Jamie Gray is a business reporter for the New Zealand Herald and NZME. news service.

Debt behind double downgrade

Prime Minister John Key says the Government is not embarrassed by the downgrading of New Zealand's credit rating because it did not reflect a weak local economy. Photo / Stuart Munro
Prime Minister John Key says the Government is not embarrassed by the downgrading of New Zealand's credit rating because it did not reflect a weak local economy. Photo / Stuart Munro

Standard and Poor's and Fitch downgraded New Zealand's sovereign debt ratings on Friday in what economists said was as much to do about turmoil on world financial markets as it was about the country's high level of debt.

Fitch downgraded New Zealand's foreign currency rating to AA from AA plus and S&P followed up with a cut to its long-term foreign currency ratings on New Zealand to AA from AA plus. S&P also cut its long-term local currency rating on New Zealand to AA plus from AAA.

Fitch said New Zealand's high net external indebtedness was a key vulnerability, particularly in a global environment that has remained volatile since the ratings were assigned a negative outlook in 2009. Both agencies highlighted New Zealand's current account - which measures the difference between what the country earns from the rest of the world through trade and investment and what the world earns from New Zealand - as a cause for concern.

Bank of New Zealand treasurer Tim Main said the rating moves served to highlight what he said was an 'international credit standoff'' as the European Union grappled with Greece's sovereign debt crisis and similar concerns with the other bigger EU members, such as Italy and Spain.

New Zealand remains in the club of advanced economies with high household indebtedness - around 150 per cent of household disposable income, similar to levels in Australia (157 per cent) and the UK (159 per cent), and above the US (116 per cent).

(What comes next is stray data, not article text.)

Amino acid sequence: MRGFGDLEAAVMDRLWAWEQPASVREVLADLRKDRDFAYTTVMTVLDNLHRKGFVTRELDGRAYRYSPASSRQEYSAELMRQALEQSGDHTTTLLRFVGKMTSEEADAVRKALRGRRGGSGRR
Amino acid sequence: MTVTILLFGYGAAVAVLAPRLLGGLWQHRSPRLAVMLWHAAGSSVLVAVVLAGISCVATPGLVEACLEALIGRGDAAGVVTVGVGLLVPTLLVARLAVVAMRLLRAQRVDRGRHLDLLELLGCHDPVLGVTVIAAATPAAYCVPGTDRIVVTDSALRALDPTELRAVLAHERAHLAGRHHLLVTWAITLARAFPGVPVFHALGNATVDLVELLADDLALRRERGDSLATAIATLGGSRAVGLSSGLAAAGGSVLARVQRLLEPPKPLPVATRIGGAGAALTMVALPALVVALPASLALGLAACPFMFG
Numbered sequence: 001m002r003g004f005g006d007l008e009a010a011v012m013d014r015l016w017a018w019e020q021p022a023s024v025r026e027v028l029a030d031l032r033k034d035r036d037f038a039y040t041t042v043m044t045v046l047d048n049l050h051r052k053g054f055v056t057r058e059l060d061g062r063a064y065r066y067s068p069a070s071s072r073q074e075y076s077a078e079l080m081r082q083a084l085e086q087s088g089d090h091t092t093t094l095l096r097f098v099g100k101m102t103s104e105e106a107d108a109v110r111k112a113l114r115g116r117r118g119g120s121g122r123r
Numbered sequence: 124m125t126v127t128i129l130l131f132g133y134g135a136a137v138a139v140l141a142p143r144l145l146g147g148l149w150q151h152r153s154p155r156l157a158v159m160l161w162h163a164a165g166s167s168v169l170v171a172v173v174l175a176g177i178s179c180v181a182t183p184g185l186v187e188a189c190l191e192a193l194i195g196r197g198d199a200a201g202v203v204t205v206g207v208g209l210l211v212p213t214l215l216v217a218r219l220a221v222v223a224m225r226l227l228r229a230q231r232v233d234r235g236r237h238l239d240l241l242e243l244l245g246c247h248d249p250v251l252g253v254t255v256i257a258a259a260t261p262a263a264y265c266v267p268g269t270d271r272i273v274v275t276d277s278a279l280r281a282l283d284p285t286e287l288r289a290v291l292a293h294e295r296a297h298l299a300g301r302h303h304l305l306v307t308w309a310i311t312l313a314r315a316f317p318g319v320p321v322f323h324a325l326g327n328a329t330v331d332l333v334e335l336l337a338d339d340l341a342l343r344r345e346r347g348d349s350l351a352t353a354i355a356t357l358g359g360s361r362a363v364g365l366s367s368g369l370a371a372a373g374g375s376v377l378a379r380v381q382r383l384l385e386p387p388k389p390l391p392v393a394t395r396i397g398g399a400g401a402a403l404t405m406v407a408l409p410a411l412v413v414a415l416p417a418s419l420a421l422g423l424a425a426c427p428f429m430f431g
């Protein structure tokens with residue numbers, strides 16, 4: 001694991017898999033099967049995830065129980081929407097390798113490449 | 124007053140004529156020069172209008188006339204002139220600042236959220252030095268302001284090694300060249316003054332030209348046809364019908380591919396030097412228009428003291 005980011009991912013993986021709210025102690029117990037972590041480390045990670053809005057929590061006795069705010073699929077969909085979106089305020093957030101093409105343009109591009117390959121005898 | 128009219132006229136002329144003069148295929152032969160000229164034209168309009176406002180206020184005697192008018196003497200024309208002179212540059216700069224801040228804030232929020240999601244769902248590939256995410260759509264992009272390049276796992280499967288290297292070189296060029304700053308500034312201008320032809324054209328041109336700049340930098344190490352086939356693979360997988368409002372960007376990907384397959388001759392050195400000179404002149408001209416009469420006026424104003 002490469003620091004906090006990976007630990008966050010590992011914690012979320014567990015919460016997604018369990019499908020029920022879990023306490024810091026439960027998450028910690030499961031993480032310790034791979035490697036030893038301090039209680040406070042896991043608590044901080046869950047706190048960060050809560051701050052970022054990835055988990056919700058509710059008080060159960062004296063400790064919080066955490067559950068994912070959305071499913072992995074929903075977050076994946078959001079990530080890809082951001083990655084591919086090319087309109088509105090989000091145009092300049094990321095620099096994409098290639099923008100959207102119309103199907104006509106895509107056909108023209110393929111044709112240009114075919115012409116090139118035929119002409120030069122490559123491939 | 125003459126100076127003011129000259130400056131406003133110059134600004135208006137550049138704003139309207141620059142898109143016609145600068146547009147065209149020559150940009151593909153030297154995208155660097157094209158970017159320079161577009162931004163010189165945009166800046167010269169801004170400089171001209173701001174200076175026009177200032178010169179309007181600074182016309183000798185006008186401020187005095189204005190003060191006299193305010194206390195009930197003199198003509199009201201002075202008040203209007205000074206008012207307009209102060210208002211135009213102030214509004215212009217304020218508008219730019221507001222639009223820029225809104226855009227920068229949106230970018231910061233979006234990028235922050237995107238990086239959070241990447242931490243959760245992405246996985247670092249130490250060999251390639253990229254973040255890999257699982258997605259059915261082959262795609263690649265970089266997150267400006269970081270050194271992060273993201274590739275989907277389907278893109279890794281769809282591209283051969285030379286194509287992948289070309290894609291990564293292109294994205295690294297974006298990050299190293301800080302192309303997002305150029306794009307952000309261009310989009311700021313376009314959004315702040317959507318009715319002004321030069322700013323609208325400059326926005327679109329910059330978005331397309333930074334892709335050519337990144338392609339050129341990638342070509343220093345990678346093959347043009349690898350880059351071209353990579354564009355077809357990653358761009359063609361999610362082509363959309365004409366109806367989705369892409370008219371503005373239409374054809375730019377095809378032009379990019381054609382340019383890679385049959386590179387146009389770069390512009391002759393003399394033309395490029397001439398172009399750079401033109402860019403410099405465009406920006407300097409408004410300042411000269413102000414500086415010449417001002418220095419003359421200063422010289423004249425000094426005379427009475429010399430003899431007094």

"Unlike the UK and US, New Zealand has seen no meaningful reduction in this ratio since 2008,'' Fitch said.

New Zealand's current account deficit represented 3.7 per cent of gross domestic product (GDP) in the year to June. Economists expect the shortfall to widen to around 5 to 6 per cent within two years - still well short of the deficits recorded in the years from 2004 to 2009, which saw it peak at 8.9 per cent of GDP.

Deutsche Bank NZ chief economist Darren Gibbs said New Zealand had in the past been able to get away with high current account deficits because funding markets were friendlier. "Given the highly stressed nature of financial markets today, the credit ratings agencies are taking a dimmer view on debt,'' he told APNZ.

"We can see what is happening in Europe with those countries that have debt that is viewed as being too high,'' he said.

Economists were quick to point out that the ratings remained favourable, relative to many other Western countries, particularly those in parts of Europe.

S&P had in the past warned of the danger of a widening current-account deficit that leaves the country increasingly dependent on foreign capital.